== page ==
When Domer was little, as soon as he could print his name, I bought cards and had him give them to special people on special occasions. I never failed to give him cards on special occasions, either.

Yes, Hallmark loves me — I must be their biggest fan!

But somehow, Domer never got into cards. He told me yesterday that he can’t imagine being an old person and remembering the verse on a card somebody gave him years ago.

I countered that I might not remember the verse when I’m old, but I’ve saved ALL of my cards in boxes so I can wade through them at leisure. “That way, I can remember that once I was a young mom and I was loved,” I added.

“You’re loved now,” was all he said.

And it’s all that needed to be said.

How did you celebrate Mother’s Day 2012?

“Beautiful” or “Extreme”?

The newest issue of Time magazine offers a cover that’s sure to stir up debate in parenting circles.

A lovely, blonde, 26-year-old stay-at-home mom from Los Angeles is portrayed breastfeeding her three-year-old son, who’s standing on a chair to reach mom’s milk.

The mother justifies still nursing her young child with the fact that her own mother didn’t wean her until she was six!

Now, I’m way past the nursing stage. My son is 21 years old, in college, and by all definitions, a man. But I find myself disturbed by “attachment parenting,” something concocted by Dr. Bill Sears 20 years ago.

“Attachment parenting” proponents believe moms should rush to their child, respond to its every cry, form close bonds by hovering physical contact, let the child sleep in its parents’ bed, and carry children in slings rather than pushing them in strollers.

That goes against the grain of what I learned about child care.

I believe children grow and mature when they learn they’re able to do things for themselves. Things like sleeping. And eating.

Domer’s pediatrician told me when my son was just about to turn over his first birthday that the bottle had to go, or I’d have trouble weaning him. He also said rocking and singing to Domer every night before bedtime was nice but unnecessary, suggesting I put my son in the crib, turn out the light, and shut the door.

Doc (bless him!) was right on both counts.

So it concerns me when I read about a three-year-old still nursing. I mean, this child has teeth, for crying out loud! Not only that, but most kids three years old are in day care or preschool. Do they expect mom to show up periodically for feedings there?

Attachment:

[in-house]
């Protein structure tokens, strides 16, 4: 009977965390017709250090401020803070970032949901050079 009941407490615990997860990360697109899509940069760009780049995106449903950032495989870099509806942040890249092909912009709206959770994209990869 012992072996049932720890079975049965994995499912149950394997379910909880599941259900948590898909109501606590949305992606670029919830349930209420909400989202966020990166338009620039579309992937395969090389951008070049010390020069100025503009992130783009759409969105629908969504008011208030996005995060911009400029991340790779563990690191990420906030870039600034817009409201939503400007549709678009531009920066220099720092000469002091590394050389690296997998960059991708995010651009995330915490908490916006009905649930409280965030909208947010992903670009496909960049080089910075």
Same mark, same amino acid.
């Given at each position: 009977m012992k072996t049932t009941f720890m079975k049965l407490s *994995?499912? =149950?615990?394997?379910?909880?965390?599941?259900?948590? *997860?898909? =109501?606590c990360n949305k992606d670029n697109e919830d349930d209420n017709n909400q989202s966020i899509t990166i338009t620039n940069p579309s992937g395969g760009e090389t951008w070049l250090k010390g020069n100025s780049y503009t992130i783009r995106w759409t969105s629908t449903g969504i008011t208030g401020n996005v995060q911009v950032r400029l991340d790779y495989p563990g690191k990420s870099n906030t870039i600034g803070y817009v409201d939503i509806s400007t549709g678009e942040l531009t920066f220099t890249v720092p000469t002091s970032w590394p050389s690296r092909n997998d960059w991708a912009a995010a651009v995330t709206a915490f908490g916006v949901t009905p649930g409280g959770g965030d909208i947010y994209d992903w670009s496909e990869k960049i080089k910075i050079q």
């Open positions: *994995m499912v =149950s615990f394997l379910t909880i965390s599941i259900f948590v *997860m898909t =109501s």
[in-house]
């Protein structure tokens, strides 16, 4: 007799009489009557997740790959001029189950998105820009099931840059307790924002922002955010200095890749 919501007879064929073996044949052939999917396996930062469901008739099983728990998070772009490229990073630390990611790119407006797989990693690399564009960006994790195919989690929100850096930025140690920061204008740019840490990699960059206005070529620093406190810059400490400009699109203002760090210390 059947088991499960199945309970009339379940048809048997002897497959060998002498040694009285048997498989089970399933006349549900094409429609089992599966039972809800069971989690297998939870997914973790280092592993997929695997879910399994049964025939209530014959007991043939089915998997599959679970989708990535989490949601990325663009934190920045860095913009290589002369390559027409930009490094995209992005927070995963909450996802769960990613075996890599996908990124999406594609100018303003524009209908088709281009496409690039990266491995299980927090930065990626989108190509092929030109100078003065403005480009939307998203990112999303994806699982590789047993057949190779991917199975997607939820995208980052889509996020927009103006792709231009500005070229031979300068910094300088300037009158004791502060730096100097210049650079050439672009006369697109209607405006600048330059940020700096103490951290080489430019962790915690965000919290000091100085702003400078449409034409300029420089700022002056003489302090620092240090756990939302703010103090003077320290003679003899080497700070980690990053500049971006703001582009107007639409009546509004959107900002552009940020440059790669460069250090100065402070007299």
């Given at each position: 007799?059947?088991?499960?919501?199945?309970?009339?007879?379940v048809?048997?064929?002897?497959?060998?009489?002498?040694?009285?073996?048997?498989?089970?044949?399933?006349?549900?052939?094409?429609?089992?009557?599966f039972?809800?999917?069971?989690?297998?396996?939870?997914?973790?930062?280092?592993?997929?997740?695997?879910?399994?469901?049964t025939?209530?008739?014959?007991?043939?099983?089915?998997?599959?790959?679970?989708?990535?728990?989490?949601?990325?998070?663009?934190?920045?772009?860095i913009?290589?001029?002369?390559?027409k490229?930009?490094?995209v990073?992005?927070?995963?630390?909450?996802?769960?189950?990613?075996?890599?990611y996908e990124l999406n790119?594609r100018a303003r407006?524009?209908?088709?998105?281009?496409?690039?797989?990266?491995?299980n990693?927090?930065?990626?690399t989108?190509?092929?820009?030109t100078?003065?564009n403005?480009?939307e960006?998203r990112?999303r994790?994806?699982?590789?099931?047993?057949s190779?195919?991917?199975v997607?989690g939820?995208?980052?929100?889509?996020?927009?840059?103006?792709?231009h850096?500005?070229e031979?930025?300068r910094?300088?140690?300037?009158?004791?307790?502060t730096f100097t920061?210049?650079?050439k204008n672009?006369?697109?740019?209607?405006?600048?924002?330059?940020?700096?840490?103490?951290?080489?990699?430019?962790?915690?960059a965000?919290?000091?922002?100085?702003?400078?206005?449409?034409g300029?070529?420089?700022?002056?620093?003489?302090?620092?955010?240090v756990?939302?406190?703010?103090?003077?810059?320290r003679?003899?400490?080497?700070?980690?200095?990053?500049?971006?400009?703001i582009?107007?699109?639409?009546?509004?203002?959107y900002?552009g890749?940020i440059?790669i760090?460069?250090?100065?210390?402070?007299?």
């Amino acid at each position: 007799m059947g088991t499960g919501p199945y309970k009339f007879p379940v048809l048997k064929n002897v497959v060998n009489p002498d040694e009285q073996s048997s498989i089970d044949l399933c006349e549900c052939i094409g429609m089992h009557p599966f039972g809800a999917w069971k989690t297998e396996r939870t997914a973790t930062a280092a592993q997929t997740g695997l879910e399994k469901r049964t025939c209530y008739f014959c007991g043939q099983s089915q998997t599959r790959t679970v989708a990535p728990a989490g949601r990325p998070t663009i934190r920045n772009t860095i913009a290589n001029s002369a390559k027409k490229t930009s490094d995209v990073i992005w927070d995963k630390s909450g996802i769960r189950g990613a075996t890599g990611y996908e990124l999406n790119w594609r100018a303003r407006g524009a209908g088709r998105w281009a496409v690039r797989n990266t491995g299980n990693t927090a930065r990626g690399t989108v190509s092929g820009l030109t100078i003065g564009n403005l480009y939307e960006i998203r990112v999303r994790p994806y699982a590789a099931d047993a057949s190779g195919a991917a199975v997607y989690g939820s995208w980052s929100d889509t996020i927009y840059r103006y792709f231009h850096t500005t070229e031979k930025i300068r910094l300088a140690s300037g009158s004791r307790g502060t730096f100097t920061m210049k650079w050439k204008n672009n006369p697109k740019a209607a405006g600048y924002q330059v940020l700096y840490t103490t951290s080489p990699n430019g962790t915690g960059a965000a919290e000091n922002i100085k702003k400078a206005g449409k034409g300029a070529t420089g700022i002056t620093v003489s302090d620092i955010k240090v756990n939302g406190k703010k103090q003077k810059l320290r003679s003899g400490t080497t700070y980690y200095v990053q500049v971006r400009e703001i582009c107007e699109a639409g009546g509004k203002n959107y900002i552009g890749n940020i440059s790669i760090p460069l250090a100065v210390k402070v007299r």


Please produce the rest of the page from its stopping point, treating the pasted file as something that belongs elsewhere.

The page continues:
And another thing. What psychological effect does breastfeeding have on the development of a young child, if that child is almost old enough to realize what’s happening? Doesn’t it become more than mere “food” when a child is walking, talking, interacting with others, thinking, and reasoning?

Years ago, I came into contact with a woman who admitted breastfeeding her four-year-old child “occasionally. I thought that was odd. Now I learn some breastfeeding proponents are hoping American moms will become comfortable nursing children of any age!

Seriously? Are we supposed to follow them to college, too? Maybe they can nurse on us while their kids nurse on them!

I didn’t buy into this “trend” when Domer was little, and I’m not buying it now. It’s like these moms are finding their sole mission in life being tethered to their kids. Making decisions for them. Refusing to let them grow up. Refusing to welcome their own next stage of life.

Parenting means giving your kids roots and wings. Roots to ground them. Wings to fly.

“Attachment parenting” prolongs the baby stage, which is already long enough, isn’t it?

What do you think? Is breastfeeding beyond babyhood beautiful, or is it extreme?

Here Today, Gone Tomorrow

When my mom and dad first came to town, they bought a new house in a new subdivision, right in time for them to start raising a family.

One of the trees they purchased to landscape their new yard was a Colorado Blue Spruce.

These evergreens feature lovely silvery, blue-green needles and reach heights of about 100 feet. Their cones are concentrated in the upper branches. New growth in spring is soft; as the seasons progress, the needles become more spiky.